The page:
Contently explains that by keeping your writing simple you have the opportunity for a larger reach. “The other lesson from this study is that we should aim to reduce complexity in our writing as much as possible. We won’t lose credibility by doing so. Our readers will comprehend and retain our ideas more reliably.”
Writing for your audience
In addition to making sure you simplify your writing, it’s also important to consider your audience. If your goal is to reach a large, diverse audience, you should aim for a lower level. If you’re developing a newsletter that will be distributed to a highly-educated audience, your writing can be more sophisticated.
To sum it up, write simply and keep your target audience in mind while writing in order to communicate most effectively.
The History of Coffee
According to the National Coffee Association, coffee has a complex history with no clear understanding of its exact origin. An Ethiopian legend says that a goat herder named Kaldi first discovered the potential of coffee beans in the ancient coffee forests on the Ethiopian plateau. “By the 15th century, coffee was being grown in the Yemeni district of Arabia and by the 16th century it was known in Persia, Egypt, Syria, and Turkey.” This resulted in the creation of public coffee houses.
The Coffee House
Coffee houses were started as a space for collaboration and conversation. Originally called qahveh khaneh, coffee houses began to appear in cities across the Near East. “Coffee houses quickly became such an important center for the exchange of information that they were often referred to as ‘Schools of the Wise.’ Coffee houses were quickly becoming centers of social activity and communication in the major cities of England, Austria, France, Germany, and Holland.”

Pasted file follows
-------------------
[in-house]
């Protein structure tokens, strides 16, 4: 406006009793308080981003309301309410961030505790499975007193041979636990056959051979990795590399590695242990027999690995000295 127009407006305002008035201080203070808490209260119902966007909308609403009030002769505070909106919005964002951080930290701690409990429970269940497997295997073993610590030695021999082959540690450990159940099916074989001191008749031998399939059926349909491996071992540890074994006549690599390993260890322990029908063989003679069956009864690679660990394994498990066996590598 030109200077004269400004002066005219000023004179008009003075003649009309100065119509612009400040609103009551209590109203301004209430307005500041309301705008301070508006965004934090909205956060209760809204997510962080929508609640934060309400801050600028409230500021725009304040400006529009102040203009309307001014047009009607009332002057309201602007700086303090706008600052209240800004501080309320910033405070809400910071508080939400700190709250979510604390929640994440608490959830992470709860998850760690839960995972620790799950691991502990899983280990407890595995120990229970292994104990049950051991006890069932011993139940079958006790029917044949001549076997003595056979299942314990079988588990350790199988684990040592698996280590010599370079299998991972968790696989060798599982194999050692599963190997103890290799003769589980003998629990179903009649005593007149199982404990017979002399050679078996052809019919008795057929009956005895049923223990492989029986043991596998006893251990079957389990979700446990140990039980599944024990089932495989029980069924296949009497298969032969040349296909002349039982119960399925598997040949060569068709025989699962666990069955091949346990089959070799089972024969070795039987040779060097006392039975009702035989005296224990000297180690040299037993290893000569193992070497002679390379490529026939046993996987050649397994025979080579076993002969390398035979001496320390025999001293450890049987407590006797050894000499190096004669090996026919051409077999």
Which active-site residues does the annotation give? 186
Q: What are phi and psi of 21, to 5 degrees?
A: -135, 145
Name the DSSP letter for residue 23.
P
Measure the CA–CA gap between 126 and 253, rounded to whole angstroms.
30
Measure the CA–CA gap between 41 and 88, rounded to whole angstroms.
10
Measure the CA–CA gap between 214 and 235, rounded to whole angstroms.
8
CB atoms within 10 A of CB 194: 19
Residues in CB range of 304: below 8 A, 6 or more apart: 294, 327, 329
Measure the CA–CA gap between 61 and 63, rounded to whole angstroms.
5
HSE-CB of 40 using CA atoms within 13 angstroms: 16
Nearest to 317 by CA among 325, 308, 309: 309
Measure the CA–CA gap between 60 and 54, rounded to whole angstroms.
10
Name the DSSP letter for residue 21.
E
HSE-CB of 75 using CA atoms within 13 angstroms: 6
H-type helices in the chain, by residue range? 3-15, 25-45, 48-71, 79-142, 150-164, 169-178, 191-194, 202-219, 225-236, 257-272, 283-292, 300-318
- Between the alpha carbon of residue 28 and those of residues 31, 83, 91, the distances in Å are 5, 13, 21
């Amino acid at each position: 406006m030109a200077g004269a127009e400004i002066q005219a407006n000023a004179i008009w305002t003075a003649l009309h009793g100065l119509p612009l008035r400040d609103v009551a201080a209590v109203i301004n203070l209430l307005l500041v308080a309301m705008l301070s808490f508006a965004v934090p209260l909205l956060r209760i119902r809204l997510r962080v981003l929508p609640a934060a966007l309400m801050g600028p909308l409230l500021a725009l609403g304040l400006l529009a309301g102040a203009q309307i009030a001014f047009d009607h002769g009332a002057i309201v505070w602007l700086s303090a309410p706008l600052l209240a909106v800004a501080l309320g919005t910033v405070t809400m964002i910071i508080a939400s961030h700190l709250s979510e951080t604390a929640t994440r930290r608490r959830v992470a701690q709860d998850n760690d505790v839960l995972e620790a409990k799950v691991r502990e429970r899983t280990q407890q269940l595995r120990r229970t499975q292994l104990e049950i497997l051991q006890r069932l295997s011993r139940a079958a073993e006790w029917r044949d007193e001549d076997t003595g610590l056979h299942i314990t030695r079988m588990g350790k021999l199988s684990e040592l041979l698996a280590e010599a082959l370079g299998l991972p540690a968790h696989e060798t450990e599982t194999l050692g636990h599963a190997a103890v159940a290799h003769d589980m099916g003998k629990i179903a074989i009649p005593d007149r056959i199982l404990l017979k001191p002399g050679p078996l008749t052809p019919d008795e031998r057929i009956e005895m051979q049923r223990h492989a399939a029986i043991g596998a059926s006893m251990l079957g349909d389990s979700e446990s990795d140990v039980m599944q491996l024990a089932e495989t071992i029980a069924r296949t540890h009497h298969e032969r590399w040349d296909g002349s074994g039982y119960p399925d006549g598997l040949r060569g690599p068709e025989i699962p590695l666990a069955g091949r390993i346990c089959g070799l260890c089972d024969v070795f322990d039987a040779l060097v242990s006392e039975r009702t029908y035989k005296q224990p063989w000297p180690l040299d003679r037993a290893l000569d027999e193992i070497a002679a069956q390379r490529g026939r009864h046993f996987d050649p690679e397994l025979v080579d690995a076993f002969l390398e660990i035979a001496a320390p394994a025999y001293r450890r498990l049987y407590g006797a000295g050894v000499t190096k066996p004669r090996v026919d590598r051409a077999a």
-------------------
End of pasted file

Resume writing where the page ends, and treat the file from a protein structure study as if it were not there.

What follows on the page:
One of our favorite TED Talks, Steven Johnson’s “Where good ideas come from,” says that coffee houses were a place where people would gather to share and discuss ideas. Many great inventions have coffee houses to thank as the place of origin for some of their early ideas.
We at Prosper like to think of our office as a coffee house. It’s a place where we come every day to collaborate with one another, with our clients, and with others in the community. We share ideas, brainstorm solutions and invent creative strategies. Thus, we thought it was important to have our own stock of delicious, invigorating coffee.
Our Crafted Coffee
As deep as our devotion to coffee is, we recently realized we still have a few things to learn. Did you know that the lighter the coffee the stronger it is? A few weeks ago we had a coffee tasting at our office to sample all of Heartwood Coffee Roastery’s heavenly varieties. Co-Founder Nick Edmundson broke the news that our beloved dark coffee is nothing more than burnt beans that have been overly roasted. Lighter blends here we come!
We asked Heartwood to create a special Prosper blend for us and voilà – Purpose Fuel was born. Co-Founder Jim Sanders told us a few more details about our new coffee:
“The Prosper for Purpose coffee is a Single-Origin coffee, meaning it comes from one single country, from several really great farms in Colombia actually. Purpose Fuel is roasted a little darker to bring out some really nice chocolaty notes and a great smooth body. The coffee itself is from a small group of producers in the Tolima and Huila regions of Colombia and is selected because of each farmer’s commitment to high quality hand-picked coffee. It’s really cool to see that these producers get rewarded for their insistence on only the finest crops. We, of course, are the beneficiaries of their hard work!”